Implications of the new HTA in France
Since October 2013, the Transparency Committee (CT) can request medico-economic assessments of drugs. The purpose of these assessments is to ensure proportional incremental costs and effectiveness, as well as an aid to managing budgets. The good news is that these medico-economic assessments will only cover:
- Drugs or medical devices
- ASMR I to III (claimed by company)
- With significant impact on healthcare expenses (>€20 miliion/year)
This is expected to apply to less than 20% of products (in 2012, only 15 products out of 80 achieve ASMR I – III).
The assessment will be done by the Economic and public health evaluation committee (CEESP) and in parallel to the CT assessment. It will utilise data provided by the company to compare the expected or observed efficiency in comparison to existing new drugs or technologies. It will consider cost and comparative effectiveness and incremental cost effectiveness ratio (ICER) €/QALY at different price levels. However, there is no predefined ICER threshold. The assessment will be provided to the pricing committee (CEPS) to help inform their decision making.
The outputs from the CEESP are expected to be either:
If the cost-effective analysis does not comply with the HAS guidelines
- Efficiency of the technology is not demonstrated
- Major limitations of the analysis are highlighted
- No ICER will be provided
If the cost-effective analysis does comply with the HAS guidelines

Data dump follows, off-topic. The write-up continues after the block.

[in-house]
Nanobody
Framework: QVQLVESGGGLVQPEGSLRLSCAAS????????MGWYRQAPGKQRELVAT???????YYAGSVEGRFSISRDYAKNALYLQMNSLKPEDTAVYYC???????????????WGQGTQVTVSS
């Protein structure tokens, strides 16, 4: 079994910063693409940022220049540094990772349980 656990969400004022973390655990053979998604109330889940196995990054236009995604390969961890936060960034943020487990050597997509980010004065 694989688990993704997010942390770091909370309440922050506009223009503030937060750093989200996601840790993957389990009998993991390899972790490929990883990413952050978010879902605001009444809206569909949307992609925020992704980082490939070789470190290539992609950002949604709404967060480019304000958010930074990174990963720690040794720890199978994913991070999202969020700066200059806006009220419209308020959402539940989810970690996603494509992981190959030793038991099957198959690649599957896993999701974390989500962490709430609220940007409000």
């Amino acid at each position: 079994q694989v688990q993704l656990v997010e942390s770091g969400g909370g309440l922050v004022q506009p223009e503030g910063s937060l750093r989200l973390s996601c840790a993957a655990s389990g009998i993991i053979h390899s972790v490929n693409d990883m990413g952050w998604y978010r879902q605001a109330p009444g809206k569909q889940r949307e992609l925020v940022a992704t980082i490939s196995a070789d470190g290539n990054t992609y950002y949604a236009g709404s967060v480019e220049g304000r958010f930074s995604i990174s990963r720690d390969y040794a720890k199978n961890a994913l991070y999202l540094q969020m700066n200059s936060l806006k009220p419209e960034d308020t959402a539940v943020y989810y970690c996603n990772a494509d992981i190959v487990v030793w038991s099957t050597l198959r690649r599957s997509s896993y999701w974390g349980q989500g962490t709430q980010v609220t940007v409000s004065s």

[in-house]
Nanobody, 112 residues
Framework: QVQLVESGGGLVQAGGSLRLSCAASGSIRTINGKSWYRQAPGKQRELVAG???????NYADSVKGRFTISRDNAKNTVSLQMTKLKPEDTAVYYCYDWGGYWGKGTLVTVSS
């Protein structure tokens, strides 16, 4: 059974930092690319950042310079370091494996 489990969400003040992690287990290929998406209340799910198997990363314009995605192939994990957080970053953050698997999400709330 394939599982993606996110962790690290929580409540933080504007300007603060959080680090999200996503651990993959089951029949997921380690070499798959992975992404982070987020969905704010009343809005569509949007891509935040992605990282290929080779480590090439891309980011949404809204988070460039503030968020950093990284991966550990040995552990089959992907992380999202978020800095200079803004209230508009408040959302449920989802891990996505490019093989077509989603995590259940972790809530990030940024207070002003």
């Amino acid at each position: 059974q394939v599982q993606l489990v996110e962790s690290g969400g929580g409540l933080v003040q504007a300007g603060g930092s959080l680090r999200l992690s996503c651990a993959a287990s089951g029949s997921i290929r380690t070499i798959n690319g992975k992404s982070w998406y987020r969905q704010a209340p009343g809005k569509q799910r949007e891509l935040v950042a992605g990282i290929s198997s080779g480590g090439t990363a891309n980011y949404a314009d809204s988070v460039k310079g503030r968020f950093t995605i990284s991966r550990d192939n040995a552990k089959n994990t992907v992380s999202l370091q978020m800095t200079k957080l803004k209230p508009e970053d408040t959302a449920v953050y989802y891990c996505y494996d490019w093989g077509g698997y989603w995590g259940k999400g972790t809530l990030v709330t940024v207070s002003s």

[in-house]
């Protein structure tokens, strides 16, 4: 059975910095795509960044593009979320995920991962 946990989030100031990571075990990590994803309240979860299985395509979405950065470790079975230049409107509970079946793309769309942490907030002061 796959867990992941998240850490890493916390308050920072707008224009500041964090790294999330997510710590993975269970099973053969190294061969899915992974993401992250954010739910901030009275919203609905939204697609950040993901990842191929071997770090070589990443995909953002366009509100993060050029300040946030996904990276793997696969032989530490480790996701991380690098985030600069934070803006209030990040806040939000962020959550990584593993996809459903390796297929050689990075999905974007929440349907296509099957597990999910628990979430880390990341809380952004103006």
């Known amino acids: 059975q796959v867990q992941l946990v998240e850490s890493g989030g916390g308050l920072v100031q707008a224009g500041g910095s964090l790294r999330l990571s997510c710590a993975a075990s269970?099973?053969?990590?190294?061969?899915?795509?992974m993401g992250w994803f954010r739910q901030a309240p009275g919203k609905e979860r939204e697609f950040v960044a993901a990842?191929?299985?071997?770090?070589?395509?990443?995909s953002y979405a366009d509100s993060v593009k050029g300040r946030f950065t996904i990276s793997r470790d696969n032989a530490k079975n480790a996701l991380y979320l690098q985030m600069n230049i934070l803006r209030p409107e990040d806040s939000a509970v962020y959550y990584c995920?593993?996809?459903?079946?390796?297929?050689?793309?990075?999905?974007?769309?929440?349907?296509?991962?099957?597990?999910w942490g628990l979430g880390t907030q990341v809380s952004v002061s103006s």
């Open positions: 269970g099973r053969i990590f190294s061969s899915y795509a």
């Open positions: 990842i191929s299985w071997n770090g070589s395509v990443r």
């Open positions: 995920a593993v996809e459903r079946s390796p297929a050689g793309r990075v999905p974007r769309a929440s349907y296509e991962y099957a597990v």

- Efficiency of the technology is demonstrated
- ICERs will be presented at different price thresholds (but without a reference threshold)
- Methodological limitations of the analysis are discussed, as well as uncertainties over the quantitative results and parameters
Products currently being considered for medico-economic assessments include Defibrotide, Panitumumab, Trastuzumab emtansine and Sofosbuvir.
The implications are that for the most innovative drugs, the HAS is now expecting them to prove their value on numerous economic endpoints against current products, in addition to the clinical endpoints currently required by the CT. The aim is to only pay for innovation that delivers significant clinical and economic benefit to patients above the current therapies. Future changes still being discussed include changing the P&R system into an ITR (relative therapeutic interest) system, but no timelines have yet been set.